Resetting Priorities

Young bur oak will serve this landscape wonderfully for decades. It’s one of Texas’ finest large shade trees.

So the call comes in to my radio program. The caller says something like this…
“Neil, I need to plant a new shade tree. I’m getting some years on me, so I don’t want to wait.”

And then the bombshell that I know is coming…
“What’s a good fast-growing shade tree?”

The way I often approach my answer is to ask the caller to help me make a list of all the attributes he or she wants in the new tree.

“I’ll make a list here, too,” I say. “I already have ‘fast-growing’ down. What else would you add?”

Often there’s silence for a moment, so I start asking whether any of these is important to them (presented in no particular order):

Good looks?
Good life expectancy?
Able to withstand Texas summers?
Not messy with lots of litter?
No major insect and disease problems?
Able to withstand your native soil?
Grows to proper height and width for space available?

(You may have your own list of attributes to add to that list.)

Fast growth generally equates to “weak wood,” and nowhere is that more obvious than in Bradford pears. This kind of trunk splitting is almost always the outcome when you choose this tree. Life expectancy before this happens to the pears: Sadly, only 12-15 years.

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Now, let’s go back and arrange those in order…
Using those attributes, and remembering that we’re looking for ‘fast growth’ as per the request, let’s list them in order of importance. Hold a card with ‘Fast growth’ written on it alongside all of the others, and one by one, ask yourself…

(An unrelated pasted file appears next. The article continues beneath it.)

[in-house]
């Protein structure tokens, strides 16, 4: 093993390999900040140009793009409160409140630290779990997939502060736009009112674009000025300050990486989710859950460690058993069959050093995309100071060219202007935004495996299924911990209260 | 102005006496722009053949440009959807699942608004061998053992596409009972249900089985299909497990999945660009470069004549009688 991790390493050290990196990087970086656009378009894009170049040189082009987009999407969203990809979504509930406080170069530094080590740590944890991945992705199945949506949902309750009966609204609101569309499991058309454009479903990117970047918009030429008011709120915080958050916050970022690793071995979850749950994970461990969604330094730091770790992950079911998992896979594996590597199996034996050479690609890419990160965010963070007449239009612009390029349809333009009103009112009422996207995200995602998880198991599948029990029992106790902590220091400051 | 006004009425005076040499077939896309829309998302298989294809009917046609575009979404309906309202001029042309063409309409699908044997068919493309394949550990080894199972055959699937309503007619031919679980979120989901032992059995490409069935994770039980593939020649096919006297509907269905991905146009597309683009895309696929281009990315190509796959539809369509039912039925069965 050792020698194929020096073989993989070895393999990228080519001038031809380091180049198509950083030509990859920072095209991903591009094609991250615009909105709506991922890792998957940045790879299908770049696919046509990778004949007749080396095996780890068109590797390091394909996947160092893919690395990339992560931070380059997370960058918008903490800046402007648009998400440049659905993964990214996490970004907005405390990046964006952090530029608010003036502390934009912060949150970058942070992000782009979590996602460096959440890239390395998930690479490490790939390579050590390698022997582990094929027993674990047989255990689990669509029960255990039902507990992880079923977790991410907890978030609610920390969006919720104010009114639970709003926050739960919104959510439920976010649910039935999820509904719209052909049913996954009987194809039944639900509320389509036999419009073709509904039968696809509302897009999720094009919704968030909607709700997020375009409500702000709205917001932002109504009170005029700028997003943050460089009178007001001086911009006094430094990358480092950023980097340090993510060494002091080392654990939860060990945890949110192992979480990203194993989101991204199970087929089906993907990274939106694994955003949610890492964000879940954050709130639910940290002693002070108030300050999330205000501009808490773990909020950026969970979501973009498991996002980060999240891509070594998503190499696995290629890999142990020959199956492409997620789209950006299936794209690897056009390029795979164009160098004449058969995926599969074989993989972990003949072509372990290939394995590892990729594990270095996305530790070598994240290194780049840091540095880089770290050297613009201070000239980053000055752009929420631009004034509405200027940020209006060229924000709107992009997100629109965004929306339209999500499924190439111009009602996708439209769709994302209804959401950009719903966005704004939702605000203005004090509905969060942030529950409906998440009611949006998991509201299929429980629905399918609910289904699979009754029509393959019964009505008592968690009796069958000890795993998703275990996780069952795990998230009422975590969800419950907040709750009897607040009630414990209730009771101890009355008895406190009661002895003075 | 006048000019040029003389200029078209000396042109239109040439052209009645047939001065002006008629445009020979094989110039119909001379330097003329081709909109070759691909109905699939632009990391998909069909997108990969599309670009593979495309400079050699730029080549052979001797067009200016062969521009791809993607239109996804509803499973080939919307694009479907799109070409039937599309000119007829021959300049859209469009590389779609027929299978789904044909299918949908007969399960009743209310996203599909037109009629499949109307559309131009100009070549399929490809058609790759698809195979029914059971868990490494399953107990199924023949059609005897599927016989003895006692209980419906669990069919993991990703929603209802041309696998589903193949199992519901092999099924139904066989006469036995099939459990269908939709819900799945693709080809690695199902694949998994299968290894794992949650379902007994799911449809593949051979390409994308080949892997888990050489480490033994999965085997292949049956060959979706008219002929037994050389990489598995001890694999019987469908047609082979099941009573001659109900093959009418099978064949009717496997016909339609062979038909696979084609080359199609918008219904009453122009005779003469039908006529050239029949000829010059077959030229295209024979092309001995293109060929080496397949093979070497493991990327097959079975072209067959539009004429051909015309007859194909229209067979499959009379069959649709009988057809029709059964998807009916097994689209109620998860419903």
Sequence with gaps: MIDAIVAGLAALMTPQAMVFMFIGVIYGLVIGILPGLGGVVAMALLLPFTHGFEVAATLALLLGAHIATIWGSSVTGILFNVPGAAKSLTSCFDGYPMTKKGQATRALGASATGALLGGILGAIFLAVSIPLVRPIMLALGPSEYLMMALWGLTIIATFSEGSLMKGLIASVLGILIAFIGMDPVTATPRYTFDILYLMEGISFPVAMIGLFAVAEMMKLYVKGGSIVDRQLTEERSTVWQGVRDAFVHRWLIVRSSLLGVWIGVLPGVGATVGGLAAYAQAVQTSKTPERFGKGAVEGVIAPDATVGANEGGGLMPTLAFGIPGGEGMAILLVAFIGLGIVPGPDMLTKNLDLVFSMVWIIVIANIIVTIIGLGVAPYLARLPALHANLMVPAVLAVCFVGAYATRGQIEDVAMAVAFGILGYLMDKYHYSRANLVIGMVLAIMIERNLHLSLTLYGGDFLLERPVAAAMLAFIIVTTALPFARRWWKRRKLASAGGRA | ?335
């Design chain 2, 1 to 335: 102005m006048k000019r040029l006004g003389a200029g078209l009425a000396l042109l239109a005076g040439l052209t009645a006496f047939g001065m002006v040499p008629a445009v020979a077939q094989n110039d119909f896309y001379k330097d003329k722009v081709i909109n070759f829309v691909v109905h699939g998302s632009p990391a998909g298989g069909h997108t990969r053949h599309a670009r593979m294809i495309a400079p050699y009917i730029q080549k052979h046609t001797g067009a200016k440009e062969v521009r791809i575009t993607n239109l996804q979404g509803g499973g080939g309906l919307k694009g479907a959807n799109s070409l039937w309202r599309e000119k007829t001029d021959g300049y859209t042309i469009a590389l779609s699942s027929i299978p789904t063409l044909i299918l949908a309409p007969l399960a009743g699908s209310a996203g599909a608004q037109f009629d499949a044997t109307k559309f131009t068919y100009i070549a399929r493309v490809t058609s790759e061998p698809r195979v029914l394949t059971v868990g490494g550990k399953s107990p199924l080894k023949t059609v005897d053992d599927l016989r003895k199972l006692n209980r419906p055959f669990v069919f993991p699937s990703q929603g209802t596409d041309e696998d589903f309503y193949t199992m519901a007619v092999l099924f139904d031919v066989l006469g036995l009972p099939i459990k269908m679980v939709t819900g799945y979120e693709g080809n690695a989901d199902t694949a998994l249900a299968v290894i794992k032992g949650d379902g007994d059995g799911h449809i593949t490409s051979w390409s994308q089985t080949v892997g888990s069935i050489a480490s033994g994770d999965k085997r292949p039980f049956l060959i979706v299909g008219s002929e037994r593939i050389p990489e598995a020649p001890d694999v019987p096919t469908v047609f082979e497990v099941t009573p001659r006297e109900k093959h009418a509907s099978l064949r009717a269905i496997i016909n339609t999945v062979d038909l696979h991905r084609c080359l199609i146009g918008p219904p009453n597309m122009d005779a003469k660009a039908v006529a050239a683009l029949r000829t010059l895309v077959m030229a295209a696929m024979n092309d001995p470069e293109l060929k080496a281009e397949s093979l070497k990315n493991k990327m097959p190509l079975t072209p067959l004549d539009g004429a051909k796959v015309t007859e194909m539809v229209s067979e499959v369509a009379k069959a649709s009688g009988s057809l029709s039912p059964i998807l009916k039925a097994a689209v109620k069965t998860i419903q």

“Would I rather have ‘Fast growth’ or ‘Good looks?’”

“Would I rather have ‘Fast growth’ or ‘Good life expectancy?’”

And so on down the line. My bet is that ‘Fast growth will sink to the bottom of your list. You’ll suddenly realize how unimportant it really is when you compare ‘Fast growth’ to ‘Quality’ and ‘Durability.’

Permit me one more example. When I go to buy a new car, do I worry about how fast it will go? Honestly, I never did, even as a much younger man. But do I worry about whether the doors will fly off or the engine will start. Yes, I do – and always did!

I want a car that goes at a good rate of speed, but one that’s dependable and good looking. In other words, I want a car that’s just like my shade trees.

Best shade trees for big parts of Texas that would fit the list we’ve just posted: live oak, Shumard red oak, chinquapin oak, bur oak, Chinese pistachio, cedar elm, pecan, eastern redcedar juniper and southern magnolia. (Magnolias are admittedly slower than the rest.)

Posted by Neil Sperry
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